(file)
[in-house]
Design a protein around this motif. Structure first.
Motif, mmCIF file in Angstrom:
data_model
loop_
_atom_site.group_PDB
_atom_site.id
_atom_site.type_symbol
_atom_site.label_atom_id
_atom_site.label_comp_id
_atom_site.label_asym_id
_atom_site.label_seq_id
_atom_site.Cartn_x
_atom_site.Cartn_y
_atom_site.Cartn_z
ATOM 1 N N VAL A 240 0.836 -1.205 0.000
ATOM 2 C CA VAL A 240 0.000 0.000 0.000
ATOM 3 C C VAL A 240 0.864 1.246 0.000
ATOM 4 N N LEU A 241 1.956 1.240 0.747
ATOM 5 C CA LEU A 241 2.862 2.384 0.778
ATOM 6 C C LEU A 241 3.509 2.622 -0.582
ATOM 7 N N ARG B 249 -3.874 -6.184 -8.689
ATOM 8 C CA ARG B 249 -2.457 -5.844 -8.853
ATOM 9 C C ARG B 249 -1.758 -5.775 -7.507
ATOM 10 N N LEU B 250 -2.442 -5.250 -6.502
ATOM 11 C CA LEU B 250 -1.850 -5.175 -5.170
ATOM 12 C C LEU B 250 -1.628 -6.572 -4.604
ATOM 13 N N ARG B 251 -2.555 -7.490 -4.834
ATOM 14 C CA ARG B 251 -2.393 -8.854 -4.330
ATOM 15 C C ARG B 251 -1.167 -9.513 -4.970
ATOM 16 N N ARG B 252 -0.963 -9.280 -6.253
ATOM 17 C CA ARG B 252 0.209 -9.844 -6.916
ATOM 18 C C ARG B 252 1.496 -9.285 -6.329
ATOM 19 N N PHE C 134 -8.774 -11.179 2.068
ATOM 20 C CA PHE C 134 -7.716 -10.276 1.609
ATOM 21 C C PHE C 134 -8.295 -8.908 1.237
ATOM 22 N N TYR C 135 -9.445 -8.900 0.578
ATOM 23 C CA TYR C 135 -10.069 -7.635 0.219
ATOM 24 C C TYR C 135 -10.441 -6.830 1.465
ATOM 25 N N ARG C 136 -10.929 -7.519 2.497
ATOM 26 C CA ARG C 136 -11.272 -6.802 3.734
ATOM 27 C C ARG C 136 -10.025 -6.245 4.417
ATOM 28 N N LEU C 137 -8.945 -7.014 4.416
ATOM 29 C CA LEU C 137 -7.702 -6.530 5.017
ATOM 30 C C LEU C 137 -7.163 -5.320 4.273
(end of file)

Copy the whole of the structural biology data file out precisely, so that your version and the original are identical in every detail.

[in-house]
Design a protein around this motif. Structure first.
Motif, mmCIF file in Angstrom:
data_model
loop_
_atom_site.group_PDB
_atom_site.id
_atom_site.type_symbol
_atom_site.label_atom_id
_atom_site.label_comp_id
_atom_site.label_asym_id
_atom_site.label_seq_id
_atom_site.Cartn_x
_atom_site.Cartn_y
_atom_site.Cartn_z
ATOM 1 N N VAL A 240 0.836 -1.205 0.000
ATOM 2 C CA VAL A 240 0.000 0.000 0.000
ATOM 3 C C VAL A 240 0.864 1.246 0.000
ATOM 4 N N LEU A 241 1.956 1.240 0.747
ATOM 5 C CA LEU A 241 2.862 2.384 0.778
ATOM 6 C C LEU A 241 3.509 2.622 -0.582
ATOM 7 N N ARG B 249 -3.874 -6.184 -8.689
ATOM 8 C CA ARG B 249 -2.457 -5.844 -8.853
ATOM 9 C C ARG B 249 -1.758 -5.775 -7.507
ATOM 10 N N LEU B 250 -2.442 -5.250 -6.502
ATOM 11 C CA LEU B 250 -1.850 -5.175 -5.170
ATOM 12 C C LEU B 250 -1.628 -6.572 -4.604
ATOM 13 N N ARG B 251 -2.555 -7.490 -4.834
ATOM 14 C CA ARG B 251 -2.393 -8.854 -4.330
ATOM 15 C C ARG B 251 -1.167 -9.513 -4.970
ATOM 16 N N ARG B 252 -0.963 -9.280 -6.253
ATOM 17 C CA ARG B 252 0.209 -9.844 -6.916
ATOM 18 C C ARG B 252 1.496 -9.285 -6.329
ATOM 19 N N PHE C 134 -8.774 -11.179 2.068
ATOM 20 C CA PHE C 134 -7.716 -10.276 1.609
ATOM 21 C C PHE C 134 -8.295 -8.908 1.237
ATOM 22 N N TYR C 135 -9.445 -8.900 0.578
ATOM 23 C CA TYR C 135 -10.069 -7.635 0.219
ATOM 24 C C TYR C 135 -10.441 -6.830 1.465
ATOM 25 N N ARG C 136 -10.929 -7.519 2.497
ATOM 26 C CA ARG C 136 -11.272 -6.802 3.734
ATOM 27 C C ARG C 136 -10.025 -6.245 4.417
ATOM 28 N N LEU C 137 -8.945 -7.014 4.416
ATOM 29 C CA LEU C 137 -7.702 -6.530 5.017
ATOM 30 C C LEU C 137 -7.163 -5.320 4.273